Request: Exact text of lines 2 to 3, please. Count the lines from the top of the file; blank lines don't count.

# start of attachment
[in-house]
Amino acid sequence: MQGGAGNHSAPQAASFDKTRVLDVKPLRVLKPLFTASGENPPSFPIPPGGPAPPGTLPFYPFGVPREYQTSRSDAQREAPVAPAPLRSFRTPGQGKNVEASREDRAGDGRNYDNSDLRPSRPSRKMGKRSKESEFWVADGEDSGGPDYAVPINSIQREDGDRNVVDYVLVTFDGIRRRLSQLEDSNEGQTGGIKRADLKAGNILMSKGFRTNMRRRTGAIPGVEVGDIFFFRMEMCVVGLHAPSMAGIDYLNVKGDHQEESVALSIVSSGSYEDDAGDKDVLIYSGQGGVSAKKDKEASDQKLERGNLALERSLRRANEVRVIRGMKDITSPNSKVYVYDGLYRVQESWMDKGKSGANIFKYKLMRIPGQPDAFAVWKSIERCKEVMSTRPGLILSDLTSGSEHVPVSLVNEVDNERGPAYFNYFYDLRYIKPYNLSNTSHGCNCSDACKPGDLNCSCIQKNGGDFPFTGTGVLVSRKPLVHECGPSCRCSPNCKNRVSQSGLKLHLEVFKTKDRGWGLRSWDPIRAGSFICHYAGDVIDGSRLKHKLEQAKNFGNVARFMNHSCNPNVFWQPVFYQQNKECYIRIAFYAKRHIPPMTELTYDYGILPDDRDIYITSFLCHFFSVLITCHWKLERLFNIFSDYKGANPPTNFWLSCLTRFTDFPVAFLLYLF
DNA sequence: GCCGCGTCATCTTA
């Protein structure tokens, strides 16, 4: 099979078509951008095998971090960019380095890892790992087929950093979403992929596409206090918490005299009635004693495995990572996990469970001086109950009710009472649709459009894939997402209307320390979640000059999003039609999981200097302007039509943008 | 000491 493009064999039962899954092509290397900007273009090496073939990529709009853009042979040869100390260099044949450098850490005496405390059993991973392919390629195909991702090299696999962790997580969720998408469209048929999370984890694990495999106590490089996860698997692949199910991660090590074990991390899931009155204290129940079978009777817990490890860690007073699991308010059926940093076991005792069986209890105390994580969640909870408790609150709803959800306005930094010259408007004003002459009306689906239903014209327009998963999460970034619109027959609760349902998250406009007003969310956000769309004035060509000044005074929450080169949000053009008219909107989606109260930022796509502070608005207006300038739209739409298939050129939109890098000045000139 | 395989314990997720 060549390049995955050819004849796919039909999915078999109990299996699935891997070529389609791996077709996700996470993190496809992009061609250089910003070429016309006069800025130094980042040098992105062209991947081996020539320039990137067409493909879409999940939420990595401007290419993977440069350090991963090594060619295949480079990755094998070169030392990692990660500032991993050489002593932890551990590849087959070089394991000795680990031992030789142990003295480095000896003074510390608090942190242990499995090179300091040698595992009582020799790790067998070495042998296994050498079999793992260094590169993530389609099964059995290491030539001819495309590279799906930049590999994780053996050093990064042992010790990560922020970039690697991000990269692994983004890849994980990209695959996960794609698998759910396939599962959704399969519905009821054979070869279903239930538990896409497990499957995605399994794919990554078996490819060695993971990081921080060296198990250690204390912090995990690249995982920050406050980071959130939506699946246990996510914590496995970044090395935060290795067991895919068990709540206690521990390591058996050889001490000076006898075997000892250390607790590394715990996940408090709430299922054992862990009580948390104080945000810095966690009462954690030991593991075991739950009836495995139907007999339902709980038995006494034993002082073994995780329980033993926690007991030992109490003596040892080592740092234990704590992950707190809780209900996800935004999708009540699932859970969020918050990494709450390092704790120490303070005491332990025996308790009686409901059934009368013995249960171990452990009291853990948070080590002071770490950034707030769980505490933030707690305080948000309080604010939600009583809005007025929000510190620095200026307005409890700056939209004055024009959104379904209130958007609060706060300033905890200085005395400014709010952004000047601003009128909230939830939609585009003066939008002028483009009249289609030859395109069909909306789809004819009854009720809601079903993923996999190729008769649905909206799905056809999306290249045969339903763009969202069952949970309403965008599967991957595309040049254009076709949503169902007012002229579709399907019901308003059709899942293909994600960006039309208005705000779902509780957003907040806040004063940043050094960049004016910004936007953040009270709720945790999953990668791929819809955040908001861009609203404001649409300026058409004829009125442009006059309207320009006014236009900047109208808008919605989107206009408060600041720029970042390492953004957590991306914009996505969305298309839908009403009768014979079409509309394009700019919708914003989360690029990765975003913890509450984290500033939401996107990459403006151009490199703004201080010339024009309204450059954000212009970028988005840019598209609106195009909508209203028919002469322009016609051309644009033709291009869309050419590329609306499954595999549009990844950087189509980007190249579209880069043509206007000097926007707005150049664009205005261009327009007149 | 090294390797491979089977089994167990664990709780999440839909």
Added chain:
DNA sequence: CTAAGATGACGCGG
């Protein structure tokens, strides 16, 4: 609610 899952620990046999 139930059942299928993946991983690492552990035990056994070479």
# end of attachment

Amino acid sequence: MQGGAGNHSAPQAASFDKTRVLDVKPLRVLKPLFTASGENPPSFPIPPGGPAPPGTLPFYPFGVPREYQTSRSDAQREAPVAPAPLRSFRTPGQGKNVEASREDRAGDGRNYDNSDLRPSRPSRKMGKRSKESEFWVADGEDSGGPDYAVPINSIQREDGDRNVVDYVLVTFDGIRRRLSQLEDSNEGQTGGIKRADLKAGNILMSKGFRTNMRRRTGAIPGVEVGDIFFFRMEMCVVGLHAPSMAGIDYLNVKGDHQEESVALSIVSSGSYEDDAGDKDVLIYSGQGGVSAKKDKEASDQKLERGNLALERSLRRANEVRVIRGMKDITSPNSKVYVYDGLYRVQESWMDKGKSGANIFKYKLMRIPGQPDAFAVWKSIERCKEVMSTRPGLILSDLTSGSEHVPVSLVNEVDNERGPAYFNYFYDLRYIKPYNLSNTSHGCNCSDACKPGDLNCSCIQKNGGDFPFTGTGVLVSRKPLVHECGPSCRCSPNCKNRVSQSGLKLHLEVFKTKDRGWGLRSWDPIRAGSFICHYAGDVIDGSRLKHKLEQAKNFGNVARFMNHSCNPNVFWQPVFYQQNKECYIRIAFYAKRHIPPMTELTYDYGILPDDRDIYITSFLCHFFSVLITCHWKLERLFNIFSDYKGANPPTNFWLSCLTRFTDFPVAFLLYLF
DNA sequence: GCCGCGTCATCTTA